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PACKAGE DEAL

What R’s most popular tools say about the state of data science

People work in cubes with their Apple computers at the Airbnb office headquarters in the SOMA district of San Francisco
Reuters/Gabrielle Lurie
"Packages" are what make data science work.
  • Dan Kopf
By Dan Kopf

Data editor

ToulousePublished

The programming language R is one of the most important tools in data science, used by millions of people across the world. Along with spreadsheet programs, like Microsoft Excel and Google Sheets, and other programming languages, such as Python, SQL and Julia, R is what many analysts use to gain insights from the huge amount of data that’s collected these days.

This week, R users from across the world are gathering in Toulouse, France to discuss new developments at the useR! conference, the language’s premier international gathering. It’s the Super Bowl for data nerds, and nearly everything they—okay, we—will be talking about revolves around “packages.”

Almost every user of R relies heavily on packages (also known as libraries). These are plugins for R that make it simpler to complete tasks. The most famous R package is probably ggplot2, perhaps the world’s best freely available charting tool, and one of the main reasons many users are drawn to R in the first place. R is open source and free to use, and so are packages. Packages are typically made by particularly knowledgeable users.

Examining the most popular packages in R is a simple way to get a feel for what is happening in the world of data science. Fortunately, there is a package for that!

The package cranlogs allows R users to see how many times every package was downloaded on a given day. Users can download packages from many locations, and cranlogs focuses on just one of the most popular locations, so it not perfect but broadly representative of overall downloads.

The most downloaded packages are rlang and Rcpp. These are packages made for the development of packages or to make R work more efficiently, so they don’t tell use much about the world outside of R. The packages magrittr (tied for fifth), pillar (eighth) and R6 (10th) are also tools for developers.

The third-most popular download is dplyr, a package used to simplify data manipulation. It allows users to easily summarize data and make new variables out of existing ones. It reflects the fact that data scientists spend most of their time on data cleaning and preparation, not analysis. The tool was created by superstar R programmer Hadley Wickham, who also a developer or co-developer of top-10 packages tibble, ggplot2, glue, and pillar.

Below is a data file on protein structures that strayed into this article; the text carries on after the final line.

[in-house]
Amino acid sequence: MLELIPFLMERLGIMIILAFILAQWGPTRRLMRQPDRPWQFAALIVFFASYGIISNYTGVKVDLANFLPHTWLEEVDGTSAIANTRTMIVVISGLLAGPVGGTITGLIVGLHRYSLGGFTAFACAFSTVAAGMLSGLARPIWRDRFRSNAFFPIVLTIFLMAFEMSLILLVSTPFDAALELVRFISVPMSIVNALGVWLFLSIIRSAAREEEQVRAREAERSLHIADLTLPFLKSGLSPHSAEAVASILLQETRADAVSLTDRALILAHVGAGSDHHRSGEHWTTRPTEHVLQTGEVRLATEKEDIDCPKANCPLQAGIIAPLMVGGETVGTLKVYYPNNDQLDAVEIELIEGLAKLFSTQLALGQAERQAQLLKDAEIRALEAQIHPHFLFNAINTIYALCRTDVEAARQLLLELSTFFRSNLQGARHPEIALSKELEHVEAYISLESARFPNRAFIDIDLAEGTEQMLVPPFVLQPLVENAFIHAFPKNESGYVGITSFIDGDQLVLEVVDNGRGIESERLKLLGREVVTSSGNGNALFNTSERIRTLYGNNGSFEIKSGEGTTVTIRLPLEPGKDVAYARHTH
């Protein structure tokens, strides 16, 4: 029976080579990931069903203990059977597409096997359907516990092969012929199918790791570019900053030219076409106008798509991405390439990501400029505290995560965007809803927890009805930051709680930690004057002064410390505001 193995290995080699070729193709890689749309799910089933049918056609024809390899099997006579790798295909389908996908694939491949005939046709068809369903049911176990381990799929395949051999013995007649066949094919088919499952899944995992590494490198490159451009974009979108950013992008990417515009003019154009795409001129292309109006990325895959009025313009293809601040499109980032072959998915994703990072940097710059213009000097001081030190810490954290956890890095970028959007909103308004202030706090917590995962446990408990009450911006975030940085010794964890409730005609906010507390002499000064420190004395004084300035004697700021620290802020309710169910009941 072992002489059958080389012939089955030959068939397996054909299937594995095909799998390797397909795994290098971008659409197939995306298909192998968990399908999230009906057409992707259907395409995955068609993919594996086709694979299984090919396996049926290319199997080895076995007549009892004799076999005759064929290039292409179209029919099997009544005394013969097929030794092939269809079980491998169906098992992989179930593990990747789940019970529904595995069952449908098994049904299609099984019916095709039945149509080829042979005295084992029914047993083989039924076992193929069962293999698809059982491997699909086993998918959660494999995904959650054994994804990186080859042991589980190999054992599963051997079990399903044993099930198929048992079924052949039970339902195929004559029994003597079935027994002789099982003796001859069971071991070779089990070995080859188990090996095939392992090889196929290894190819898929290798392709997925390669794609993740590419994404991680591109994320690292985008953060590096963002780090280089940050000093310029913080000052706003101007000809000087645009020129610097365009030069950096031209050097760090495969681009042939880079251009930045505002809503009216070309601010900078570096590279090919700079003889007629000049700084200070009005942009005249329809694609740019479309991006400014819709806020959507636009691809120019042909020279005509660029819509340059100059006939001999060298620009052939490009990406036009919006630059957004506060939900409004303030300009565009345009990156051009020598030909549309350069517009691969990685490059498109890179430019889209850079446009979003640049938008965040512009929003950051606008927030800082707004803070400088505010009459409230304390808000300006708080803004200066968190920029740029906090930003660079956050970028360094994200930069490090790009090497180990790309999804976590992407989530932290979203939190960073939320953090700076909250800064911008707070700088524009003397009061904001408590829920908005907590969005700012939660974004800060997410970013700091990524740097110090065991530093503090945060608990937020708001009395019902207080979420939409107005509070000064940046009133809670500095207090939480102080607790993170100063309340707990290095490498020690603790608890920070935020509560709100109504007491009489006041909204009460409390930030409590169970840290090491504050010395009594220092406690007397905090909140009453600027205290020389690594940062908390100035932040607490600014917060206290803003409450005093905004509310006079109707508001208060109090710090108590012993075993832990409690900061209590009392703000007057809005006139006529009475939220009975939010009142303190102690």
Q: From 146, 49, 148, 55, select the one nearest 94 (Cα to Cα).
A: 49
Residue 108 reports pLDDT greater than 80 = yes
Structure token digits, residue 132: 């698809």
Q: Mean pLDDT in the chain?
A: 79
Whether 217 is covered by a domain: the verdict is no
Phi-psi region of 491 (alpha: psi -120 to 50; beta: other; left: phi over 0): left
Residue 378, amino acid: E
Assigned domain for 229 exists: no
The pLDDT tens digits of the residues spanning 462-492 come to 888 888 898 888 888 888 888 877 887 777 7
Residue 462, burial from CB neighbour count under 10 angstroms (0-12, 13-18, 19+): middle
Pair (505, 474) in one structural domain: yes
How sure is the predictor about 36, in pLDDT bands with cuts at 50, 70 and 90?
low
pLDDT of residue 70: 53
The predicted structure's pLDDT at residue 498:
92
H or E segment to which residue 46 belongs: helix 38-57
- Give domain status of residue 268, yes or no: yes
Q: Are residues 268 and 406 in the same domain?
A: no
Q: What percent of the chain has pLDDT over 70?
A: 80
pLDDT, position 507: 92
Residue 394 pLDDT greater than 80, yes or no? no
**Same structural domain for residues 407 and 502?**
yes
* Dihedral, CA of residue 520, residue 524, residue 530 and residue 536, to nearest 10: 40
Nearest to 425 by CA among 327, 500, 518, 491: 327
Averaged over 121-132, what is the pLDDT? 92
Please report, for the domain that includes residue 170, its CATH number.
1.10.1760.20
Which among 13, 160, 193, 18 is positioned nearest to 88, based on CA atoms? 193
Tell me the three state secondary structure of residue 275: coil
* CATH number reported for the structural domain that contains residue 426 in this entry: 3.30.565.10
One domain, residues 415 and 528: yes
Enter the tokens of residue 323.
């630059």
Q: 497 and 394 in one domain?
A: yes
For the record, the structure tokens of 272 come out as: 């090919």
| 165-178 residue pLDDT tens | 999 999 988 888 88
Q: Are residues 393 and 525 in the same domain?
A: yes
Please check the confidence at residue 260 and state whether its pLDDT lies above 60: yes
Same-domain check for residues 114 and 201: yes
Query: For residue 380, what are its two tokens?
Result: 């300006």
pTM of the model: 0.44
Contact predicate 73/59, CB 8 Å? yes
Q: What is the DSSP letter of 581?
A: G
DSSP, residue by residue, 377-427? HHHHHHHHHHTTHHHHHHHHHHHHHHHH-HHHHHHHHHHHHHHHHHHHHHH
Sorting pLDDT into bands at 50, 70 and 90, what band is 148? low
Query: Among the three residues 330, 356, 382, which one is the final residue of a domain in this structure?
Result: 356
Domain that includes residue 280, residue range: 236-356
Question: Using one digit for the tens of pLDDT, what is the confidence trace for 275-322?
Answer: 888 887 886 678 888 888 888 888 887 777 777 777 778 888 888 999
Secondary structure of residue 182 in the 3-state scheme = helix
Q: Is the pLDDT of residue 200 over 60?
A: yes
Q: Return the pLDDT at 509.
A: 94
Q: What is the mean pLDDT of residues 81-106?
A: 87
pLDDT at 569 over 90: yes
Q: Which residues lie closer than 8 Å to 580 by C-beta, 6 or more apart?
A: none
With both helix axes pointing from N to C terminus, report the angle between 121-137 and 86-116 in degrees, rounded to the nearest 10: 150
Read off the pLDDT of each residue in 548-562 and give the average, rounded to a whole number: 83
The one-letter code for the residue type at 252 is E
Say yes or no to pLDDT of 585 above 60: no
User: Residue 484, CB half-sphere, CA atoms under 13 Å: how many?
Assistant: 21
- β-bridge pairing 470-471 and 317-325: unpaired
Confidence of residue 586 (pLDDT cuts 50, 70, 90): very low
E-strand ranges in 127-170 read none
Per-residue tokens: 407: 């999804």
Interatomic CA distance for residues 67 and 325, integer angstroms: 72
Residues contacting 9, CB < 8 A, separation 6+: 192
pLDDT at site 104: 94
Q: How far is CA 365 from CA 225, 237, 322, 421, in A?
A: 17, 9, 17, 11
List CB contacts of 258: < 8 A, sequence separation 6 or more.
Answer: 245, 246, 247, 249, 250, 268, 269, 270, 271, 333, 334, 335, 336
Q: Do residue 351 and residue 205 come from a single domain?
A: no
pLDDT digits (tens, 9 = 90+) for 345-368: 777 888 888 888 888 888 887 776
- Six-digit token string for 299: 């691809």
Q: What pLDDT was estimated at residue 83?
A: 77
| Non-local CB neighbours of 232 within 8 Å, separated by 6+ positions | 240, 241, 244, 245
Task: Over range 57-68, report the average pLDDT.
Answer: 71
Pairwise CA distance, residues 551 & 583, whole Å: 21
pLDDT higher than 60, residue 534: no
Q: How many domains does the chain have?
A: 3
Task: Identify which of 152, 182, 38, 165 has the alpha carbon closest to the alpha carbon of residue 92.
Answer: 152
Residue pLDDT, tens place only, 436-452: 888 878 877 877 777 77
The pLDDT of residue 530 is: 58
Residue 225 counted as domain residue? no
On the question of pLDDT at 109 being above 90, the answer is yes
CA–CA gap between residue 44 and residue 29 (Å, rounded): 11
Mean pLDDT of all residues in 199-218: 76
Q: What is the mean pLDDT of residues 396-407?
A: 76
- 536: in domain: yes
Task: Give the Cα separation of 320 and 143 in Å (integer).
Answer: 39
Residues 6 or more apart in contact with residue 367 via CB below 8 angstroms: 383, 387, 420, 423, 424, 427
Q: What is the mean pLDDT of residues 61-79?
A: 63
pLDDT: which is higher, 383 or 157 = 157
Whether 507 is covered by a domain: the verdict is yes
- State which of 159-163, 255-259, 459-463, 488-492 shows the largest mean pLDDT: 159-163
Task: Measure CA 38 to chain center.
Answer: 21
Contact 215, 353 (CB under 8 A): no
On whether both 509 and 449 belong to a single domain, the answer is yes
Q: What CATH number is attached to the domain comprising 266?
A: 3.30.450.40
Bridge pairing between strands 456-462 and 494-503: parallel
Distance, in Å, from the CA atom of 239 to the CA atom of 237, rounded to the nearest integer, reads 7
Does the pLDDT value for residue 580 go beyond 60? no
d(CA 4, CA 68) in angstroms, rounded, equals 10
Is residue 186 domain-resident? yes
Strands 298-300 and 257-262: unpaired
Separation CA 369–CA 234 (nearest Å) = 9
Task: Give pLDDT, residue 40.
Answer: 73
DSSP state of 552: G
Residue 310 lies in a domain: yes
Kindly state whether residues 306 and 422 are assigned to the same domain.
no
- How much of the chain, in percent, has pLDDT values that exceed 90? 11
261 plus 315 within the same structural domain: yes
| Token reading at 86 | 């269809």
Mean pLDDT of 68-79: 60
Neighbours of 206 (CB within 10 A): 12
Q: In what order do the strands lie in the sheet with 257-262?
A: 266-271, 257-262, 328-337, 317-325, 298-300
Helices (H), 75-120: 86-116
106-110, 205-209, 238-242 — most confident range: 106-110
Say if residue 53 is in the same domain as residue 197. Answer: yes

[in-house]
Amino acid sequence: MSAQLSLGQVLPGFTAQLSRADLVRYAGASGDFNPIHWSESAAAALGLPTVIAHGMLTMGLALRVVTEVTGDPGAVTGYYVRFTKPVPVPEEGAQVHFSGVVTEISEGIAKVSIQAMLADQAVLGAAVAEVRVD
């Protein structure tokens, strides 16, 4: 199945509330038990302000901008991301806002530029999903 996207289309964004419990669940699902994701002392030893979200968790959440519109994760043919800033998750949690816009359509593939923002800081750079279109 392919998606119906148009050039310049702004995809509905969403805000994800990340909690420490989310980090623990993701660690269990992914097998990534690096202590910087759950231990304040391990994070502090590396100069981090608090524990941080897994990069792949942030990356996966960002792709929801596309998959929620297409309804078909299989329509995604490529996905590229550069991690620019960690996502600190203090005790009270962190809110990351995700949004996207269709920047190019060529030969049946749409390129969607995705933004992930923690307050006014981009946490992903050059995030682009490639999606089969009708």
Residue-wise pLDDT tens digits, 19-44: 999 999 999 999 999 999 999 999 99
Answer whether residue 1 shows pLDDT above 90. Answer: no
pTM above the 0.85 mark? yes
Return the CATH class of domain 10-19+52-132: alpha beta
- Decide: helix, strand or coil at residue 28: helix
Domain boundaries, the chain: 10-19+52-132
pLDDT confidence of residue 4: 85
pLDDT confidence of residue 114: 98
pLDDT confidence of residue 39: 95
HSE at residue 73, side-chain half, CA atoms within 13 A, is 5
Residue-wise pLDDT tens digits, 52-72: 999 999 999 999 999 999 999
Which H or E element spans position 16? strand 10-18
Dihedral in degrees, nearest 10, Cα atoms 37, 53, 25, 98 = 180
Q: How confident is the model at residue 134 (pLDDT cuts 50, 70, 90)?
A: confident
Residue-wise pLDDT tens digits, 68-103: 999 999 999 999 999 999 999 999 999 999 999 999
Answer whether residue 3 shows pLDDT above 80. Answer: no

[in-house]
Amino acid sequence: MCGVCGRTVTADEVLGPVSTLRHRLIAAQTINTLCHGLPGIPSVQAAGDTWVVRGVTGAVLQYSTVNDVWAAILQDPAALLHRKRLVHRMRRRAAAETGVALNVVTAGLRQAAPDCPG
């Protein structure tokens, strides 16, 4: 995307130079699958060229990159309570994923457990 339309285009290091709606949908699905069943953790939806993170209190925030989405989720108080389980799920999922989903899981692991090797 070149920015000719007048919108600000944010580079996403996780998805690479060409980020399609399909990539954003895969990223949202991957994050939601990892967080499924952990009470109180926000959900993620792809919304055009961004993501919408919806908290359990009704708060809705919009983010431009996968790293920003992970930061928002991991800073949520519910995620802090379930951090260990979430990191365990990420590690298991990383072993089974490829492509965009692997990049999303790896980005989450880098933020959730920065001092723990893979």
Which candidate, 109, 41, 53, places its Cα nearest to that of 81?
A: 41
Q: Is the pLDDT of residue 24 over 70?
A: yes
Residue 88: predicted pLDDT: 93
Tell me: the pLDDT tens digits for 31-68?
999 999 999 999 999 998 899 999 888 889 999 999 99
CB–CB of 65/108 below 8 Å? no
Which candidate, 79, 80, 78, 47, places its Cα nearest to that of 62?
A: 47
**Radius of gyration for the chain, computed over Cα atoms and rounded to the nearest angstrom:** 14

Glue, the seventh-most popular package is designed for working with data that is text. Textual analysis and text manipulation is rising in importance, as much of the data produced today, such as on social media, is made up of words rather than numbers.

The ninth-most popular package is data.table, which is all about the need for speed. Data.table can make millions of calculations in seconds, important for running analysis on datasets with billions of rows.

In addition to the most popular packages, looking at the fastest-growing packages over the past year is also informative. Four packages had at least 750,000 more downloads in June 2019 than in June 2018. First among these, with an increase of nearly 900,000 downloads, is aws.s3, a package that allows R users to easily work with data held by Amazon Web Services (AWS). The fourth-fastest growing package, aws.ec2metadata, is a related tool for working with AWS. Clearly, data scientists are moving to the cloud.

The third-fastest growing package is rsconnect, a tool for making interactive applications like dashboards. Making dashboards to organize and visualize data for a wide range of users has become a central part of the data scientist’s toolkit.

R PackageIncrease in downloads (June 2018 to June 2019)
aws.s3899,000
magrittr893,000
rsconnect787,000
aws.ec2metadata786,000

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